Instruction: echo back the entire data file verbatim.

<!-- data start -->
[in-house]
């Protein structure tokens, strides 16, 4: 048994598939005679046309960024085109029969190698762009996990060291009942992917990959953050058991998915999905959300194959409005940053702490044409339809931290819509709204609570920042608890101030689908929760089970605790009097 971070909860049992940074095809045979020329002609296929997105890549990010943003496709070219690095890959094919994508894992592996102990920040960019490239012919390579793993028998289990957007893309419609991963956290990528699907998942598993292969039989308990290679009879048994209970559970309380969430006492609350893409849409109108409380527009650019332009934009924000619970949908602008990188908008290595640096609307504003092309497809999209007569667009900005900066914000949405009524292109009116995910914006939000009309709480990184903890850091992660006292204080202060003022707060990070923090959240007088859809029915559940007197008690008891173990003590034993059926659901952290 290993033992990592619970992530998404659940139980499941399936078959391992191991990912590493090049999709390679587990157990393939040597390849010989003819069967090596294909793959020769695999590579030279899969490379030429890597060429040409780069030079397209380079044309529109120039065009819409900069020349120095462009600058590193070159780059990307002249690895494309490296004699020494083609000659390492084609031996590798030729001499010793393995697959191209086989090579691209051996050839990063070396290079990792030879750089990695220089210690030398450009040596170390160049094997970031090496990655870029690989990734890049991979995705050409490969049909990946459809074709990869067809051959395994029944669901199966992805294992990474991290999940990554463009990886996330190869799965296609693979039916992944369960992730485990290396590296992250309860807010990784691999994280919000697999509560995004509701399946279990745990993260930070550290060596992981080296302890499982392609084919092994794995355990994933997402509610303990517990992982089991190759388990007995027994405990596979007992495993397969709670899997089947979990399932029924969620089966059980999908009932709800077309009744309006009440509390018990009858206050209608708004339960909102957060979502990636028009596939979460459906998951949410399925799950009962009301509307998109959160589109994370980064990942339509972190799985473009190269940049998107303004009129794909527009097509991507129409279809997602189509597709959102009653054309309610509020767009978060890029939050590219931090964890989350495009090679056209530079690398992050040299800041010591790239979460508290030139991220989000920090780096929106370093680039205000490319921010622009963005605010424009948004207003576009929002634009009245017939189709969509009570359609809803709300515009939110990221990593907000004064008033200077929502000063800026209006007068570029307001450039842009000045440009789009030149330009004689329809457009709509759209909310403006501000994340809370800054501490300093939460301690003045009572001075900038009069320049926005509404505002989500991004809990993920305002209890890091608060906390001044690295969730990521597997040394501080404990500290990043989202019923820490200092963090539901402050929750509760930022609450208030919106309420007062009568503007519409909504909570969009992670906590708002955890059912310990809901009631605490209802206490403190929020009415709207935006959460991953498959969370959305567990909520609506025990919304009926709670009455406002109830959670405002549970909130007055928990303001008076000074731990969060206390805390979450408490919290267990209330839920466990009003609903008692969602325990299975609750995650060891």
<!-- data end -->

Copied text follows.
[in-house]
């Protein structure tokens, strides 16, 4: 048994598939005679046309960024085109029969190698762009996990060291009942992917990959953050058991998915999905959300194959409005940053702490044409339809931290819509709204609570920042608890101030689908929760089970605790009097 971070909860049992940074095809045979020329002609296929997105890549990010943003496709070219690095890959094919994508894992592996102990920040960019490239012919390579793993028998289990957007893309419609991963956290990528699907998942598993292969039989308990290679009879048994209970559970309380969430006492609350893409849409109108409380527009650019332009934009924000619970949908602008990188908008290595640096609307504003092309497809999209007569667009900005900066914000949405009524292109009116995910914006939000009309709480990184903890850091992660006292204080202060003022707060990070923090959240007088859809029915559940007197008690008891173990003590034993059926659901952290 290993033992990592619970992530998404659940139980499941399936078959391992191991990912590493090049999709390679587990157990393939040597390849010989003819069967090596294909793959020769695999590579030279899969490379030429890597060429040409780069030079397209380079044309529109120039065009819409900069020349120095462009600058590193070159780059990307002249690895494309490296004699020494083609000659390492084609031996590798030729001499010793393995697959191209086989090579691209051996050839990063070396290079990792030879750089990695220089210690030398450009040596170390160049094997970031090496990655870029690989990734890049991979995705050409490969049909990946459809074709990869067809051959395994029944669901199966992805294992990474991290999940990554463009990886996330190869799965296609693979039916992944369960992730485990290396590296992250309860807010990784691999994280919000697999509560995004509701399946279990745990993260930070550290060596992981080296302890499982392609084919092994794995355990994933997402509610303990517990992982089991190759388990007995027994405990596979007992495993397969709670899997089947979990399932029924969620089966059980999908009932709800077309009744309006009440509390018990009858206050209608708004339960909102957060979502990636028009596939979460459906998951949410399925799950009962009301509307998109959160589109994370980064990942339509972190799985473009190269940049998107303004009129794909527009097509991507129409279809997602189509597709959102009653054309309610509020767009978060890029939050590219931090964890989350495009090679056209530079690398992050040299800041010591790239979460508290030139991220989000920090780096929106370093680039205000490319921010622009963005605010424009948004207003576009929002634009009245017939189709969509009570359609809803709300515009939110990221990593907000004064008033200077929502000063800026209006007068570029307001450039842009000045440009789009030149330009004689329809457009709509759209909310403006501000994340809370800054501490300093939460301690003045009572001075900038009069320049926005509404505002989500991004809990993920305002209890890091608060906390001044690295969730990521597997040394501080404990500290990043989202019923820490200092963090539901402050929750509760930022609450208030919106309420007062009568503007519409909504909570969009992670906590708002955890059912310990809901009631605490209802206490403190929020009415709207935006959460991953498959969370959305567990909520609506025990919304009926709670009455406002109830959670405002549970909130007055928990303001008076000074731990969060206390805390979450408490919290267990209330839920466990009003609903008692969602325990299975609750995650060891």